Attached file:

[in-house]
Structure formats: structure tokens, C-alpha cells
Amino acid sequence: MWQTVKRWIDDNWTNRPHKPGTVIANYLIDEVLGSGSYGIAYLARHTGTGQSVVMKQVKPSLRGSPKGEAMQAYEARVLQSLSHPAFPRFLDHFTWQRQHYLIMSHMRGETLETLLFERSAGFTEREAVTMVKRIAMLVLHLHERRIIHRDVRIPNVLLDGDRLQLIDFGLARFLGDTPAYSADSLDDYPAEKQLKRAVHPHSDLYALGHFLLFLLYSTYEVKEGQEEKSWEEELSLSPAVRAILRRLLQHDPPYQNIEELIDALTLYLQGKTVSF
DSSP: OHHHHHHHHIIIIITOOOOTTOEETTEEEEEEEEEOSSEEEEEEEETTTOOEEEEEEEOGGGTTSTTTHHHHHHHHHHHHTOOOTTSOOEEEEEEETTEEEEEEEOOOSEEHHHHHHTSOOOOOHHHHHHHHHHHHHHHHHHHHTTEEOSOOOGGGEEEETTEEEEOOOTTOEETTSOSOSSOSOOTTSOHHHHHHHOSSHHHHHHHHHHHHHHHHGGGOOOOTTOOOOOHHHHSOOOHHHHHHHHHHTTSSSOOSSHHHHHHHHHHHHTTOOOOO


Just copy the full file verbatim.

[in-house]
Structure formats: structure tokens, C-alpha cells
Amino acid sequence: MWQTVKRWIDDNWTNRPHKPGTVIANYLIDEVLGSGSYGIAYLARHTGTGQSVVMKQVKPSLRGSPKGEAMQAYEARVLQSLSHPAFPRFLDHFTWQRQHYLIMSHMRGETLETLLFERSAGFTEREAVTMVKRIAMLVLHLHERRIIHRDVRIPNVLLDGDRLQLIDFGLARFLGDTPAYSADSLDDYPAEKQLKRAVHPHSDLYALGHFLLFLLYSTYEVKEGQEEKSWEEELSLSPAVRAILRRLLQHDPPYQNIEELIDALTLYLQGKTVSF
DSSP: OHHHHHHHHIIIIITOOOOTTOEETTEEEEEEEEEOSSEEEEEEEETTTOOEEEEEEEOGGGTTSTTTHHHHHHHHHHHHTOOOTTSOOEEEEEEETTEEEEEEEOOOSEEHHHHHHTSOOOOOHHHHHHHHHHHHHHHHHHHHTTEEOSOOOGGGEEEETTEEEEOOOTTOEETTSOSOSSOSOOTTSOHHHHHHHOSSHHHHHHHHHHHHHHHHGGGOOOOTTOOOOOHHHHSOOOHHHHHHHHHHTTSSSOOSSHHHHHHHHHHHHTTOOOOO